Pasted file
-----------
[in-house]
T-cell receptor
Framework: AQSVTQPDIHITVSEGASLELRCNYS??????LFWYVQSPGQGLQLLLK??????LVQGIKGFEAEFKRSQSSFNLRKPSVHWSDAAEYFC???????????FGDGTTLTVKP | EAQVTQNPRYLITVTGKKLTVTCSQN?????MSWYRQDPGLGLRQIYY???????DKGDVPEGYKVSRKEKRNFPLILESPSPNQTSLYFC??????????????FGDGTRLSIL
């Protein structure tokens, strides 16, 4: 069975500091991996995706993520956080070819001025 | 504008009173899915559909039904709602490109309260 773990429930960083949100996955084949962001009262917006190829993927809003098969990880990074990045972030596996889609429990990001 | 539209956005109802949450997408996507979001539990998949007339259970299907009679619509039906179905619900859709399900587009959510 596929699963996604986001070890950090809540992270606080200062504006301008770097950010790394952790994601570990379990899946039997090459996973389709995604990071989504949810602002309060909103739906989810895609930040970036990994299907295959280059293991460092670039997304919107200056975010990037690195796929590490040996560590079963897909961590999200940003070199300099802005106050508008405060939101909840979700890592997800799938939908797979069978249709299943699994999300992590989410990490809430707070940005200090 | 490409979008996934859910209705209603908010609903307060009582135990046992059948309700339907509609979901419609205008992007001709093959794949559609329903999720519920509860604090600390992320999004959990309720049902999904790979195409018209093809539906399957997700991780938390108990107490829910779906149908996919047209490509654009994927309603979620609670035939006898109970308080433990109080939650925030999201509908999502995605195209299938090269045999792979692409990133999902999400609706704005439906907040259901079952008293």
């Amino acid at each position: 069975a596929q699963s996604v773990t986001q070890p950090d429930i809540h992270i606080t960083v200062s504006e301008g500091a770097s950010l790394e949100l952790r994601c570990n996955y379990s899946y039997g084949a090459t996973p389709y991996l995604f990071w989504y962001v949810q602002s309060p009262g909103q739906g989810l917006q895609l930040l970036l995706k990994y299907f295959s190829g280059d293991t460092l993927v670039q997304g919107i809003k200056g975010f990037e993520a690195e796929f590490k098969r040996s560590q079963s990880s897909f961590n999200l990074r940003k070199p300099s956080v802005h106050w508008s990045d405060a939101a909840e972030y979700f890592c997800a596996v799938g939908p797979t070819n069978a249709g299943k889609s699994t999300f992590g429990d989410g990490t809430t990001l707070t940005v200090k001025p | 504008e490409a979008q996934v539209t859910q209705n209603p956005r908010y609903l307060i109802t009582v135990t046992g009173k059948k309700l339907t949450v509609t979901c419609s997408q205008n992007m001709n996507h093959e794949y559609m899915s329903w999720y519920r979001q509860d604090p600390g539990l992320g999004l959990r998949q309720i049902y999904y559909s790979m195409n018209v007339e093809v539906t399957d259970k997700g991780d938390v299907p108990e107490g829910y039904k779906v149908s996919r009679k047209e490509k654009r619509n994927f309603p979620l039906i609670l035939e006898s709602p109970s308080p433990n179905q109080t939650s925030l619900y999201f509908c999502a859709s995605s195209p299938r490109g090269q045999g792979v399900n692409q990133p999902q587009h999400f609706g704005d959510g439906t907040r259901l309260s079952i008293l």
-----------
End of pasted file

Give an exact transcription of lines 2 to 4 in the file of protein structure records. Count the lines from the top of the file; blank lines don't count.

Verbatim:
T-cell receptor
Framework: AQSVTQPDIHITVSEGASLELRCNYS??????LFWYVQSPGQGLQLLLK??????LVQGIKGFEAEFKRSQSSFNLRKPSVHWSDAAEYFC???????????FGDGTTLTVKP | EAQVTQNPRYLITVTGKKLTVTCSQN?????MSWYRQDPGLGLRQIYY???????DKGDVPEGYKVSRKEKRNFPLILESPSPNQTSLYFC??????????????FGDGTRLSIL
């Protein structure tokens, strides 16, 4: 069975500091991996995706993520956080070819001025 | 504008009173899915559909039904709602490109309260 773990429930960083949100996955084949962001009262917006190829993927809003098969990880990074990045972030596996889609429990990001 | 539209956005109802949450997408996507979001539990998949007339259970299907009679619509039906179905619900859709399900587009959510 596929699963996604986001070890950090809540992270606080200062504006301008770097950010790394952790994601570990379990899946039997090459996973389709995604990071989504949810602002309060909103739906989810895609930040970036990994299907295959280059293991460092670039997304919107200056975010990037690195796929590490040996560590079963897909961590999200940003070199300099802005106050508008405060939101909840979700890592997800799938939908797979069978249709299943699994999300992590989410990490809430707070940005200090 | 490409979008996934859910209705209603908010609903307060009582135990046992059948309700339907509609979901419609205008992007001709093959794949559609329903999720519920509860604090600390992320999004959990309720049902999904790979195409018209093809539906399957997700991780938390108990107490829910779906149908996919047209490509654009994927309603979620609670035939006898109970308080433990109080939650925030999201509908999502995605195209299938090269045999792979692409990133999902999400609706704005439906907040259901079952008293």